February 21, 2020
Due to their sensitivity, flexibility, and tunable impedance, electret and piezo- polymers are of interest for sensing, actuating, and energy harvesting applications. We are interested in accurately detecting and harvesting energy from the sounds and vibrations of the human body and other vibrating objects. To improve the sensitivity and impedance matching of electret and piezo- polymers for a target of interest, we take a collaborative approach employing contributions from the Mechanical and Materials Engineering, Chemistry, and Electrical and Computer Engineering Departments. We present several different, but complimentary, areas of research that span from material design to device fabrication:
While our current work focuses on capturing sounds from the human body, we envision that this work will also be relevant to underwater and airborne sensing applications and for energy harvesting.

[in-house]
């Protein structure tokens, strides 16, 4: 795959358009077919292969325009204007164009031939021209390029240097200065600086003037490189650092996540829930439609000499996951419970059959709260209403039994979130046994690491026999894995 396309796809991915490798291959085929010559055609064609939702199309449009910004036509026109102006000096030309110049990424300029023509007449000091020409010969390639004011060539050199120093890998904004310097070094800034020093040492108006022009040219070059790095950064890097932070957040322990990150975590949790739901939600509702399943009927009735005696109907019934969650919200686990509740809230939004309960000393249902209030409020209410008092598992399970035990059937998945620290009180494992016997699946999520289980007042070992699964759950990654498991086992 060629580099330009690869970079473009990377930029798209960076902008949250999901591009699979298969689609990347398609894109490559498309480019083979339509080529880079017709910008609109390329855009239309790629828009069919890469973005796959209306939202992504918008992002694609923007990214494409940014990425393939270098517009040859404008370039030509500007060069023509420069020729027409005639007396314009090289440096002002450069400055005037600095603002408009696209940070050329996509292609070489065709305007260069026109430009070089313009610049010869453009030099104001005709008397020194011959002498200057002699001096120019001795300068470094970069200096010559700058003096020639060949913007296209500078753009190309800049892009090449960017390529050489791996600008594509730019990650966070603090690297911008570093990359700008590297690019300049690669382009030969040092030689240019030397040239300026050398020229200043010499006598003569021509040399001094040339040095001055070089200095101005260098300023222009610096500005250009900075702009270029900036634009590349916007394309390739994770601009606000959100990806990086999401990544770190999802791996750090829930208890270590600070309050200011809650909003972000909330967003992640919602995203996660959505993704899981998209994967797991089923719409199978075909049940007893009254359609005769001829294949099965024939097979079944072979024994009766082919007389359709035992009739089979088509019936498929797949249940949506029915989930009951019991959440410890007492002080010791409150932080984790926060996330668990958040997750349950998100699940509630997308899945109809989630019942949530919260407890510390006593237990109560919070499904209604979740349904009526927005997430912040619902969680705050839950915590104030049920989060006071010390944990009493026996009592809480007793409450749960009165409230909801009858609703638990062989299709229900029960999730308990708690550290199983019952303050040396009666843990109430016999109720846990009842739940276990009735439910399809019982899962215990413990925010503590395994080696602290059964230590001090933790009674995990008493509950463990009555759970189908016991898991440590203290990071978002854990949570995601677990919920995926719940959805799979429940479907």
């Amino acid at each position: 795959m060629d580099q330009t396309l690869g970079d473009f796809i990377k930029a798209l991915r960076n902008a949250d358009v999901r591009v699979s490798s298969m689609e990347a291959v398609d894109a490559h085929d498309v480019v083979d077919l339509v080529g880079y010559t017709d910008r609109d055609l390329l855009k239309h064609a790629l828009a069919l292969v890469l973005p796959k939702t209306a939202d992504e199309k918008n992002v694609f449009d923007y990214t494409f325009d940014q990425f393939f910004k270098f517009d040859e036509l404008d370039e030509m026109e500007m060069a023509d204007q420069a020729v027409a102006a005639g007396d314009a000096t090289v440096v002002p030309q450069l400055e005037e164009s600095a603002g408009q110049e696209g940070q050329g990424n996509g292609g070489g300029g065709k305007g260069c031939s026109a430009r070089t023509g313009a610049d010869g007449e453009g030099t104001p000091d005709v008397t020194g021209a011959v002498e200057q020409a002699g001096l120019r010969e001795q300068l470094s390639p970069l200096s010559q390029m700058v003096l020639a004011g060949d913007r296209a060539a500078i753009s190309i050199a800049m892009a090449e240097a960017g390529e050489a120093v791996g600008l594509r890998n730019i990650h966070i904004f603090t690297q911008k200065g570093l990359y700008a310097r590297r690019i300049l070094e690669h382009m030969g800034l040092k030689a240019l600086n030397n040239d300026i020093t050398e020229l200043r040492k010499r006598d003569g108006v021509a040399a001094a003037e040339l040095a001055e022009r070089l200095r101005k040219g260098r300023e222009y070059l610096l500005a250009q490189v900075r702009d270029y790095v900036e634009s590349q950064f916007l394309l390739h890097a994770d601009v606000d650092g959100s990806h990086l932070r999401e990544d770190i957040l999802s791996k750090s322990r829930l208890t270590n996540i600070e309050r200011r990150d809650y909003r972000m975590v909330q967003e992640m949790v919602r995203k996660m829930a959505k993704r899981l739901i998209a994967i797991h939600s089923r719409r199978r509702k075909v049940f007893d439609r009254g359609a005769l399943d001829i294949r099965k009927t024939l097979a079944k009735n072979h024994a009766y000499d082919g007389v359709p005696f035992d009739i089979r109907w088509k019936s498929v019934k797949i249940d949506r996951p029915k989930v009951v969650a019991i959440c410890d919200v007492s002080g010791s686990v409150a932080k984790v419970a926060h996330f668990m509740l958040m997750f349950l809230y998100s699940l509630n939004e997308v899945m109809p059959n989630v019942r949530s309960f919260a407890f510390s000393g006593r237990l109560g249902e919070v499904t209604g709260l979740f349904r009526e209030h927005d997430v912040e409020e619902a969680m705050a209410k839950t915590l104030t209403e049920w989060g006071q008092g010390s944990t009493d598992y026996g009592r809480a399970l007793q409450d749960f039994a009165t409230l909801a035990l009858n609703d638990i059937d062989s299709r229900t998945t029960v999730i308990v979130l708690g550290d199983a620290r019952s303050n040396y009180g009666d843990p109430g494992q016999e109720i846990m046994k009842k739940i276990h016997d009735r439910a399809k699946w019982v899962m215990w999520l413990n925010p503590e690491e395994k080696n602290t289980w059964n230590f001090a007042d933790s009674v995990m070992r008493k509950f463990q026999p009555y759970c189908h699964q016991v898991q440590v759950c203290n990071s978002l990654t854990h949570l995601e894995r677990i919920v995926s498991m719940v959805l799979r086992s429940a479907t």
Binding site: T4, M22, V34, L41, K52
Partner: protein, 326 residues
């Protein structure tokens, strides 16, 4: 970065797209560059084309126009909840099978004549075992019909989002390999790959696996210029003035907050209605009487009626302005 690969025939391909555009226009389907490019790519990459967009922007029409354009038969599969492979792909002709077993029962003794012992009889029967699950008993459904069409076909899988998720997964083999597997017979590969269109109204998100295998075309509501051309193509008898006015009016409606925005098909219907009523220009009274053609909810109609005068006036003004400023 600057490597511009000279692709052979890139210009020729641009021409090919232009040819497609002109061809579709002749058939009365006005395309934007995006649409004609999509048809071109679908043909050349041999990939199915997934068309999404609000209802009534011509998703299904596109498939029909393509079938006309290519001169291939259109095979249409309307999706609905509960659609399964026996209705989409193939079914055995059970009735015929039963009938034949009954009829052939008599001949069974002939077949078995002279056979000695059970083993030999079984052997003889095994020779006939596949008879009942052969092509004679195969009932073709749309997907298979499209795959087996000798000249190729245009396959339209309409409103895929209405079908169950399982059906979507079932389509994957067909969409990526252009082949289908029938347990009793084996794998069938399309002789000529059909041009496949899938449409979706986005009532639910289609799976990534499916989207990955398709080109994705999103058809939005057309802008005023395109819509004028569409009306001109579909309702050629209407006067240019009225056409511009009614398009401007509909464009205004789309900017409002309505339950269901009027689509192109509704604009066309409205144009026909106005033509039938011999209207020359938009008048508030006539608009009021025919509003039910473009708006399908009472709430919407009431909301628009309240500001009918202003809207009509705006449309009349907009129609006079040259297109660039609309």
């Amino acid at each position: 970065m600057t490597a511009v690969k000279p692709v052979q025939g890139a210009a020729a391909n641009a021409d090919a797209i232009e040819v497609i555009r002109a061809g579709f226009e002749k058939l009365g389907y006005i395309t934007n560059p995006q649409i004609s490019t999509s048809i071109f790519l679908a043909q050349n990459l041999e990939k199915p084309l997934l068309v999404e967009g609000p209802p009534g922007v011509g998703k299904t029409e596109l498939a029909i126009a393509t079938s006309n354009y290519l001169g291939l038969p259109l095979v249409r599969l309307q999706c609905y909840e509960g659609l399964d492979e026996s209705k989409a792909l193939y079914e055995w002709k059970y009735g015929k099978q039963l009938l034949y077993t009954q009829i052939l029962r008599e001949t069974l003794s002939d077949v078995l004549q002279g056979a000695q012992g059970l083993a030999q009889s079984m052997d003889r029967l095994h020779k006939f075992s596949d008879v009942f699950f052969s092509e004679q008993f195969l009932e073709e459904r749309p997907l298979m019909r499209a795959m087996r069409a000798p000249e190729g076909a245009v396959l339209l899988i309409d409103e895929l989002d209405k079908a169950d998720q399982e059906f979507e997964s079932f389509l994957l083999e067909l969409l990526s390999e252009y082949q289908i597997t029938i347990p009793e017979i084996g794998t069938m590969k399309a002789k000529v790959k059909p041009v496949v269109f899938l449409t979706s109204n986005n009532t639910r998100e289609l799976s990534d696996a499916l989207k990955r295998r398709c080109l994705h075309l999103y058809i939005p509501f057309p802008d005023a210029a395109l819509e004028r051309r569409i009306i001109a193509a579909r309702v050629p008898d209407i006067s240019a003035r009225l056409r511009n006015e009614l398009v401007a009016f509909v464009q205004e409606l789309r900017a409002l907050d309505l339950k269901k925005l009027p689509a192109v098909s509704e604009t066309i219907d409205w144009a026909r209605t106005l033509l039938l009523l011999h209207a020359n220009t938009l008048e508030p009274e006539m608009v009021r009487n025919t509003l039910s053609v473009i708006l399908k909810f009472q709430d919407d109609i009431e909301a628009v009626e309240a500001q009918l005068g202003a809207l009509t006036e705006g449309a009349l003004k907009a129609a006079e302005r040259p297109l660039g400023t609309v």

James E. West is currently Professor at Johns Hopkins University, Department of Electrical and Computer Engineering and the Department of Mechanical Engineering. His pioneering research on charge storage and transport in polymers (the electrical analogy of a permanent magnet) led to the development of electret transducers for sound recording and voice communication. West was inducted into The National Inventors Hall of Fame in 1999 for the invention of the electret microphone. He is a member of the National Academy of Engineering; a Fellow, and past President, of the Acoustical Society of America, and a Fellow of the IEEE. West is the recipient of the Acoustical Society of America's Silver and Gold Medals in Engineering Acoustics, the National Medal of Technology, and the Benjamin Franklin Medal in Engineering.